By Arnold Malone
Pioneer Columnist

Conspiracy theories have existed ever since humans had an imagination. They are apart of the “Oh yah, I bettcha mentality.” The doubter, the suspicious, the self-serving characters who attempt to upgrade their personal importance by defying facts. Conspiracies have been apart of human advocacy for a very long time.

Most people who construct a conspiracy have not considered just how difficult it is to start a conspiracy and have it function as planned. A conspiracy might start in an individual’s mind, but having it play out with intent is nearly impossible. Conspiracies attack facts, offering that someone, somewhere is hiding a truth. The “Truth” they imagine is usually a personal desire to non-conform. Doubtful as a proposition might be, it is left to the public to disprove rather than the advocate to prove.

So, go ahead assert that Stonehenge was built by aliens and note the difficulty others will have in showing you wrong.

We get wrapped up in stories such as Princess Diana was executed by a British Intelligence Agency. The notion is made easier to believe because Royalty is expected to live long lives or die because of a serious but sad decease but never by a drunk driving her limousine.

My earliest recall of a conspiracy was about grade 10 when one student claimed that General Motors invented a carburetor that would allow a car to obtain 150 miles per gallon, but the patent was bought out by Imperial Esso. My mother wanted to know how come Jimmy knew that, but no persons in authority did?

One motive for accepting a conspiracy is ignorance. These are situations where a conspiracy is accepted because the individual can’t understand reality, so they hunt for an alternative explanation. The narrowly held view that humans never walked on the moon but rather the images were a Hollywood production describes such a situation. These thoughts are more cute than harmful.

The more dangerous conspiracies are those that want to disregard facts so they can practise an illegal objective.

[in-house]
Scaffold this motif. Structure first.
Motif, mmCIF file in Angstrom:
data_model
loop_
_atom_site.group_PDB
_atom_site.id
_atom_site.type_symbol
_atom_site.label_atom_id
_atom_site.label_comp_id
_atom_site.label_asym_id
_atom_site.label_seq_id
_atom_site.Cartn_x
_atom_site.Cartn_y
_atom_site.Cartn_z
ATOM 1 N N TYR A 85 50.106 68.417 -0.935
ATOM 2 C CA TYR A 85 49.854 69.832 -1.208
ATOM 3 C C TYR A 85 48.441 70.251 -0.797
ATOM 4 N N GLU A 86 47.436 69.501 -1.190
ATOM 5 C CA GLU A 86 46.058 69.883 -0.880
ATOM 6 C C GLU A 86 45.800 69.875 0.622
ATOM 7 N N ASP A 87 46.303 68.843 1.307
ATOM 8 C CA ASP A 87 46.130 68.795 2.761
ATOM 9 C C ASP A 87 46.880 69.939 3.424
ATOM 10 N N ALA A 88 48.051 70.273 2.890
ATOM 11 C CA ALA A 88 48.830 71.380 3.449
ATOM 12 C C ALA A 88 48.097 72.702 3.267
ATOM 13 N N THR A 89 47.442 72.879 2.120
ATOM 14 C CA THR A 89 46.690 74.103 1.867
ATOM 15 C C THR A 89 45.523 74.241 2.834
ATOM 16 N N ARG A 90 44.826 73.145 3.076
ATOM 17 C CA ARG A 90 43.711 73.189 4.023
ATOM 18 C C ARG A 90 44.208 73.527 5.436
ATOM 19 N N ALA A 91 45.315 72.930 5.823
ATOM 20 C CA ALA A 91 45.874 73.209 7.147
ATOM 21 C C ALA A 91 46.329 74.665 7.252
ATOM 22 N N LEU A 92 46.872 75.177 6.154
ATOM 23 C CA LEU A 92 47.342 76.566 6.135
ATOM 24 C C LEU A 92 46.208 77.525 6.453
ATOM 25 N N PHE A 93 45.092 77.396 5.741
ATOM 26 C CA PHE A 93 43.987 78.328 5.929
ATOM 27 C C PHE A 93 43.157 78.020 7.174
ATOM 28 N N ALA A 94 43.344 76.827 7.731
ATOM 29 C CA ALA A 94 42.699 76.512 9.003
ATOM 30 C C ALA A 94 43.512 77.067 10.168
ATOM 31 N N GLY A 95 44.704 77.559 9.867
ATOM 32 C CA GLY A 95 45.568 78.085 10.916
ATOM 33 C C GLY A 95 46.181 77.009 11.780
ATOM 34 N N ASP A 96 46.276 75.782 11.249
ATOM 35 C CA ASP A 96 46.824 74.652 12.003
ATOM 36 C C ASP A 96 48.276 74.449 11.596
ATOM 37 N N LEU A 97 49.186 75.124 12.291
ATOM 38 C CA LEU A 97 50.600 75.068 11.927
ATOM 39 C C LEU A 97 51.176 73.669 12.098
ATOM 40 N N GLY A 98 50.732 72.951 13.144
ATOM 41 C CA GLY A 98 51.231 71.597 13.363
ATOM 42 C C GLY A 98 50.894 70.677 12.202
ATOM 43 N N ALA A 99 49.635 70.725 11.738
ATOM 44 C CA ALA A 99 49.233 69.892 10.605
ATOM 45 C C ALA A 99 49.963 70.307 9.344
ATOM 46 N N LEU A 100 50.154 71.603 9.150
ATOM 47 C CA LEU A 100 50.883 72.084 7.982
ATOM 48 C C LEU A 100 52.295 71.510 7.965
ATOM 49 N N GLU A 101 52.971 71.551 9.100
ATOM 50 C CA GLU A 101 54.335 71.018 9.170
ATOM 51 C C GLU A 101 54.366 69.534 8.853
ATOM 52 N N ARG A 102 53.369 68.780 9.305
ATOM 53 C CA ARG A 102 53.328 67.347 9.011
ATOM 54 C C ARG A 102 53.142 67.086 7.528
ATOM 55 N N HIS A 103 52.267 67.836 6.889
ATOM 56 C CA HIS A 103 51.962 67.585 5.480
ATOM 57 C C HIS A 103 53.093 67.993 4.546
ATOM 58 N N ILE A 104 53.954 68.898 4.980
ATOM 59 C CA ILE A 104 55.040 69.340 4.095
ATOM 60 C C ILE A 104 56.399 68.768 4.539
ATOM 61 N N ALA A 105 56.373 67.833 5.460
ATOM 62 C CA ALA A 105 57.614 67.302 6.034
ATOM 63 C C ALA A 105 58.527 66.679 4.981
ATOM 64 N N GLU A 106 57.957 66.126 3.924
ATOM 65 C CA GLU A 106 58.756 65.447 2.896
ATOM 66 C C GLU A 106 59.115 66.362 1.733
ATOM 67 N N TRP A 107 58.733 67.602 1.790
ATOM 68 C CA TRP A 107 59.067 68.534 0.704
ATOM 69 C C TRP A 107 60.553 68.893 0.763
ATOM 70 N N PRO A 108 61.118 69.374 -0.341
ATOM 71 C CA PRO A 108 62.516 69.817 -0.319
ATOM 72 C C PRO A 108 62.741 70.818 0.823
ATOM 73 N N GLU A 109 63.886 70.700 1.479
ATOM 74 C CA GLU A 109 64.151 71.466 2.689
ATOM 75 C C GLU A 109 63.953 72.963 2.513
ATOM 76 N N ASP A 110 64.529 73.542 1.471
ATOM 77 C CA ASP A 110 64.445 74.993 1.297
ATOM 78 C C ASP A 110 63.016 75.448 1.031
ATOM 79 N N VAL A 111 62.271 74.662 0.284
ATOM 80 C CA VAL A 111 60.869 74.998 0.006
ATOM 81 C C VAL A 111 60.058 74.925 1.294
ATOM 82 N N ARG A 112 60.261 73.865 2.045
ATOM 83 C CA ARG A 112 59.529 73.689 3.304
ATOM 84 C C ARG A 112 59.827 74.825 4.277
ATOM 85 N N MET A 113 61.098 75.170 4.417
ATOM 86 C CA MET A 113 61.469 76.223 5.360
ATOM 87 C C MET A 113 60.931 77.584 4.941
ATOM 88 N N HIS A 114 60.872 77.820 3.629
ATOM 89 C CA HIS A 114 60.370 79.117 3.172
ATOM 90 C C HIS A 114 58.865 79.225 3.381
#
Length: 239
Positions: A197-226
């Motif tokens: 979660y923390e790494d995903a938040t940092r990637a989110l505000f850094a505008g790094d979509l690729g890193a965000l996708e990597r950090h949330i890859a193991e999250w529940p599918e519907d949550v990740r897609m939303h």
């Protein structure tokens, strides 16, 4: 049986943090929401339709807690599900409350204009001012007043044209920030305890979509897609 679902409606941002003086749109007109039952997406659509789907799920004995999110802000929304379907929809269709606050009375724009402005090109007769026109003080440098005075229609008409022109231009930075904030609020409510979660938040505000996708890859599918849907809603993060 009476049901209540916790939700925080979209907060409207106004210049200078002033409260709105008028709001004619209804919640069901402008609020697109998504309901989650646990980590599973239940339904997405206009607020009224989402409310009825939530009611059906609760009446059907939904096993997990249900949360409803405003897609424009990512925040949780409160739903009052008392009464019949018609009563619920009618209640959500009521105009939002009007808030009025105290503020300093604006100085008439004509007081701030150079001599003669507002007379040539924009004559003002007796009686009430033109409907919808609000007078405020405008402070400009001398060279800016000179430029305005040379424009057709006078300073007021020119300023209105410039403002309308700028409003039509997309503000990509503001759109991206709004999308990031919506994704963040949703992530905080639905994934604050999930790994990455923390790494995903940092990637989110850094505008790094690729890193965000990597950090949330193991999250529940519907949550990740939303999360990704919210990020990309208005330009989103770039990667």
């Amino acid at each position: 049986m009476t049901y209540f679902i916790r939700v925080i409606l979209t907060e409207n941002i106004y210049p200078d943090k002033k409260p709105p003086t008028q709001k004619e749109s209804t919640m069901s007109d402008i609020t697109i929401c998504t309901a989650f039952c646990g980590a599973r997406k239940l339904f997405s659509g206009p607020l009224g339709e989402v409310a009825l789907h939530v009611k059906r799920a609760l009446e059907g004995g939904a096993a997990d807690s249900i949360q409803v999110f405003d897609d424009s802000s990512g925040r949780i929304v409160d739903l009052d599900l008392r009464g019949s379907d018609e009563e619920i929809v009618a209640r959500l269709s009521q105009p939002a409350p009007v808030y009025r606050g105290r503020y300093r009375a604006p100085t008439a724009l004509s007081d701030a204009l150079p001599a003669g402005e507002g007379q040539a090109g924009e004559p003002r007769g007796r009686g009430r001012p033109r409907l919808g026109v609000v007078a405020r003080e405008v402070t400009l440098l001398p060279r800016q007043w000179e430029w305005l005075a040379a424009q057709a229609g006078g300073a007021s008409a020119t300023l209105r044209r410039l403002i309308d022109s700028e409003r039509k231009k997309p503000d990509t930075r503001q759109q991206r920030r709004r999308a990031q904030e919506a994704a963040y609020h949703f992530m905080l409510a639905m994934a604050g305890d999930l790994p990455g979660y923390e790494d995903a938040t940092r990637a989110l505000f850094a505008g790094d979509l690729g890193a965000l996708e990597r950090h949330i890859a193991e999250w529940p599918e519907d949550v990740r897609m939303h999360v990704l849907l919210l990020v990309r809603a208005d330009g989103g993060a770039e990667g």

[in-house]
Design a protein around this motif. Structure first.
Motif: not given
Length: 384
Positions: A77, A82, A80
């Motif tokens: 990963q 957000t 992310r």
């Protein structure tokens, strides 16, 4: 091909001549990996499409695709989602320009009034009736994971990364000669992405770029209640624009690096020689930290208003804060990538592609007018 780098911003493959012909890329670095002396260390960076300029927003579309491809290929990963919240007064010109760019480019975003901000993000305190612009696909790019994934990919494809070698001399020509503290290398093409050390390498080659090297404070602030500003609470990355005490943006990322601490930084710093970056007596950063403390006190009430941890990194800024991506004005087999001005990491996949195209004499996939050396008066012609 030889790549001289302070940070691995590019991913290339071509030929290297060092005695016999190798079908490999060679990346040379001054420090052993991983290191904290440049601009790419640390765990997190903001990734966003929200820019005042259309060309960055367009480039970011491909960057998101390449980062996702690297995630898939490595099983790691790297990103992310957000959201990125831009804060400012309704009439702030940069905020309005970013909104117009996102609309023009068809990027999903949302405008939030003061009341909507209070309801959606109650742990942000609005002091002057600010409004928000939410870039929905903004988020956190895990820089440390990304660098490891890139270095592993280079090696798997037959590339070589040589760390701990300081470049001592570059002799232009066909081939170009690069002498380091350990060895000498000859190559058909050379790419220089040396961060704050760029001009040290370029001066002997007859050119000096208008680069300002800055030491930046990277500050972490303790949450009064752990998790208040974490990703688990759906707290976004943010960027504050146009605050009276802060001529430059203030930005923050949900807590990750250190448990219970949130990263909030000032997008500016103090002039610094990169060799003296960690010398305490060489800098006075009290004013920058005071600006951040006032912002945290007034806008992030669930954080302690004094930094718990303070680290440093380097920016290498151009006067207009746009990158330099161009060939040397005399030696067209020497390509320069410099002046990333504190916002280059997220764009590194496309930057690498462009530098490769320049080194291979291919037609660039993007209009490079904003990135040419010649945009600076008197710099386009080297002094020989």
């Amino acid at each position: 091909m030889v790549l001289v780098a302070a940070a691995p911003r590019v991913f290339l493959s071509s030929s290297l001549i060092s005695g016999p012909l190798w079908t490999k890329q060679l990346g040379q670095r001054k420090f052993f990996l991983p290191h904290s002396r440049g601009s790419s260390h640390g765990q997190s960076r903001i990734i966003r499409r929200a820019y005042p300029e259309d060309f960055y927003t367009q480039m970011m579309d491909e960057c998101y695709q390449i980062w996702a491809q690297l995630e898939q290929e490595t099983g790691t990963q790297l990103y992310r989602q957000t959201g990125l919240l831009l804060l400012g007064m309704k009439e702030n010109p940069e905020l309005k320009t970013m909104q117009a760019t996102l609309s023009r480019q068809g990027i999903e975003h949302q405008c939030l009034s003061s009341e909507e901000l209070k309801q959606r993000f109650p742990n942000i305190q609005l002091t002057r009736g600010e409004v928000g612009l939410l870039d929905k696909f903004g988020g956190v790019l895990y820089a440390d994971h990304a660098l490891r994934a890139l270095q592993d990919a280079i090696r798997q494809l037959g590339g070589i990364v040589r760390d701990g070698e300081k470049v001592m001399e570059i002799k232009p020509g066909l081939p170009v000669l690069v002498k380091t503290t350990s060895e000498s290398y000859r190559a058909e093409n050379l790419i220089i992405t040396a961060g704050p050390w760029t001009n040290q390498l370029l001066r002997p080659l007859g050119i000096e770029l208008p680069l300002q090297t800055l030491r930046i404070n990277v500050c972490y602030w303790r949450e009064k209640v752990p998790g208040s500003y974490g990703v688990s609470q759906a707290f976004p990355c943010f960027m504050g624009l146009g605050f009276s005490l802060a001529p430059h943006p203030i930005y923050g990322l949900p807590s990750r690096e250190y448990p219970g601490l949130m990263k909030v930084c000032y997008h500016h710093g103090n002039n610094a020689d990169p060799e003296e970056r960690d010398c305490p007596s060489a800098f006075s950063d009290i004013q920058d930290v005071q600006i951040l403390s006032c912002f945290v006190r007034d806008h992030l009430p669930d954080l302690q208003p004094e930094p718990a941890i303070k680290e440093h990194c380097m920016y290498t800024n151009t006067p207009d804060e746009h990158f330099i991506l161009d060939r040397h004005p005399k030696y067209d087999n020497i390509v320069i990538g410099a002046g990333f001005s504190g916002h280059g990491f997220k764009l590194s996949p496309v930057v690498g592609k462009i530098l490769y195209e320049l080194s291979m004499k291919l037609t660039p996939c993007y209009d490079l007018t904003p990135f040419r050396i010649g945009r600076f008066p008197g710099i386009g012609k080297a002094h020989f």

Among the dangerous conspiracies are the claims that the Sandy Hook killing of young children was a tragedy designed by “left wing nuts” who were trying to build a case for gun control. Persons who belonged to the National Rifle Association had a part in that nonsense. The claim that there exists a cure for cancer, but doctors are hiding the treatment because it would put a lot of doctors out of work is silly, wrong and dangerous.

So, Elvis is alive and hiding in Montana. Adolf Hitler had a stand-in to take his own life, allowing Hitler to live out his days in South America, and COVID-19 was designed by the Chinese as a bio-weapon against America.

The arrival of the internet and social media has massively accelerated the spread of conspiracies. This expansion has threatened truth and reason. The public has a requirement for facts; it a major pillar for democracy.

Conspiracies are a short claim that requires a longer correction, such as, “Covid-19 doesn’t really exist. It is a plot by globalists to take away our freedoms.”

The most dangerous conspiracies are those that are advocated or supported by persons with power. The higher the power, the higher danger.

Conspiracy theories are not just some harmless fib. They do damage. They cause us to lose trust in our intuitions and the practice of democracy. They trample the truth. They cause many to be sceptics and up-root our clarity of vision. We do not have a choice; we must call out those who perpetuate false narratives. This war on skill and thoughtful knowledge cannot be allowed to rip away our advancements by destroying sound judgment and all that science has delivered.

Arnold Malone served as MP for Alberta’s Battle River and Crowfoot ridings from 1974 through 1993. He retired to Invermere in 2007.